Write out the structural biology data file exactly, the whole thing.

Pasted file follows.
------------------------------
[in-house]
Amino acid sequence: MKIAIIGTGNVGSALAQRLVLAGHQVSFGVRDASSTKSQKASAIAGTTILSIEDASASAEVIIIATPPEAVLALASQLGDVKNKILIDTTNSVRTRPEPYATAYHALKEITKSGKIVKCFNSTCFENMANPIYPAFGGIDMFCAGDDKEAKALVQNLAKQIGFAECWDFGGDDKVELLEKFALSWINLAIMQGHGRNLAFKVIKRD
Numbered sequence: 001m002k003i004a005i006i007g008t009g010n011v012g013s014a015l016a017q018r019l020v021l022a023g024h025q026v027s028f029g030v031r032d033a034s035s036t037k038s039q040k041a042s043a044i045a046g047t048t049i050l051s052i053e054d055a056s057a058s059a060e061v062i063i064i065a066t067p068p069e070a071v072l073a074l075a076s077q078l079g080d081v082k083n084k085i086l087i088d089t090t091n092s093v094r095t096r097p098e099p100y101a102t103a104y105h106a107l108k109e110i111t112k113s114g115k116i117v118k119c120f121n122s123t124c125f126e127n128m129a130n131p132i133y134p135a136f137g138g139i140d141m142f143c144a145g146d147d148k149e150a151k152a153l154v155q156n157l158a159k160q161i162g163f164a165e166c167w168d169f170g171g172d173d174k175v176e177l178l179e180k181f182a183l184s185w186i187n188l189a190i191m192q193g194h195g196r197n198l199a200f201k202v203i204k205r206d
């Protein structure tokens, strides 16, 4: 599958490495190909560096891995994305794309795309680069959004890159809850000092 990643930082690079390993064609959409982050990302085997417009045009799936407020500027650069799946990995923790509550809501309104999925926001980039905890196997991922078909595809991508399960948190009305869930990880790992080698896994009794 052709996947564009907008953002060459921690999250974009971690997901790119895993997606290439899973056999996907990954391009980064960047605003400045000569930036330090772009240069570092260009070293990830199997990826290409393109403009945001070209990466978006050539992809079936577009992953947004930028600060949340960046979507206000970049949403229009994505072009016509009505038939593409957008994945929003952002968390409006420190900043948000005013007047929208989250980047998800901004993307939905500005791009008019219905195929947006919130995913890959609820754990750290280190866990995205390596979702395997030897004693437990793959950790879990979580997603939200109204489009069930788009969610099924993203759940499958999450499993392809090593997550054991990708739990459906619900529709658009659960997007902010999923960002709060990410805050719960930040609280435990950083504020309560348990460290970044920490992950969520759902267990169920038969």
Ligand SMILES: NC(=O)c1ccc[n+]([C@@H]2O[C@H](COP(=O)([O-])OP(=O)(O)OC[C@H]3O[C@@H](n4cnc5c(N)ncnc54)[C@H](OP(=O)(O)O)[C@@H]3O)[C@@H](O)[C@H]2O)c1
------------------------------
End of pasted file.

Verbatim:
[in-house]
Amino acid sequence: MKIAIIGTGNVGSALAQRLVLAGHQVSFGVRDASSTKSQKASAIAGTTILSIEDASASAEVIIIATPPEAVLALASQLGDVKNKILIDTTNSVRTRPEPYATAYHALKEITKSGKIVKCFNSTCFENMANPIYPAFGGIDMFCAGDDKEAKALVQNLAKQIGFAECWDFGGDDKVELLEKFALSWINLAIMQGHGRNLAFKVIKRD
Numbered sequence: 001m002k003i004a005i006i007g008t009g010n011v012g013s014a015l016a017q018r019l020v021l022a023g024h025q026v027s028f029g030v031r032d033a034s035s036t037k038s039q040k041a042s043a044i045a046g047t048t049i050l051s052i053e054d055a056s057a058s059a060e061v062i063i064i065a066t067p068p069e070a071v072l073a074l075a076s077q078l079g080d081v082k083n084k085i086l087i088d089t090t091n092s093v094r095t096r097p098e099p100y101a102t103a104y105h106a107l108k109e110i111t112k113s114g115k116i117v118k119c120f121n122s123t124c125f126e127n128m129a130n131p132i133y134p135a136f137g138g139i140d141m142f143c144a145g146d147d148k149e150a151k152a153l154v155q156n157l158a159k160q161i162g163f164a165e166c167w168d169f170g171g172d173d174k175v176e177l178l179e180k181f182a183l184s185w186i187n188l189a190i191m192q193g194h195g196r197n198l199a200f201k202v203i204k205r206d
């Protein structure tokens, strides 16, 4: 599958490495190909560096891995994305794309795309680069959004890159809850000092 990643930082690079390993064609959409982050990302085997417009045009799936407020500027650069799946990995923790509550809501309104999925926001980039905890196997991922078909595809991508399960948190009305869930990880790992080698896994009794 052709996947564009907008953002060459921690999250974009971690997901790119895993997606290439899973056999996907990954391009980064960047605003400045000569930036330090772009240069570092260009070293990830199997990826290409393109403009945001070209990466978006050539992809079936577009992953947004930028600060949340960046979507206000970049949403229009994505072009016509009505038939593409957008994945929003952002968390409006420190900043948000005013007047929208989250980047998800901004993307939905500005791009008019219905195929947006919130995913890959609820754990750290280190866990995205390596979702395997030897004693437990793959950790879990979580997603939200109204489009069930788009969610099924993203759940499958999450499993392809090593997550054991990708739990459906619900529709658009659960997007902010999923960002709060990410805050719960930040609280435990950083504020309560348990460290970044920490992950969520759902267990169920038969």
Ligand SMILES: NC(=O)c1ccc[n+]([C@@H]2O[C@H](COP(=O)([O-])OP(=O)(O)OC[C@H]3O[C@@H](n4cnc5c(N)ncnc54)[C@H](OP(=O)(O)O)[C@@H]3O)[C@@H](O)[C@H]2O)c1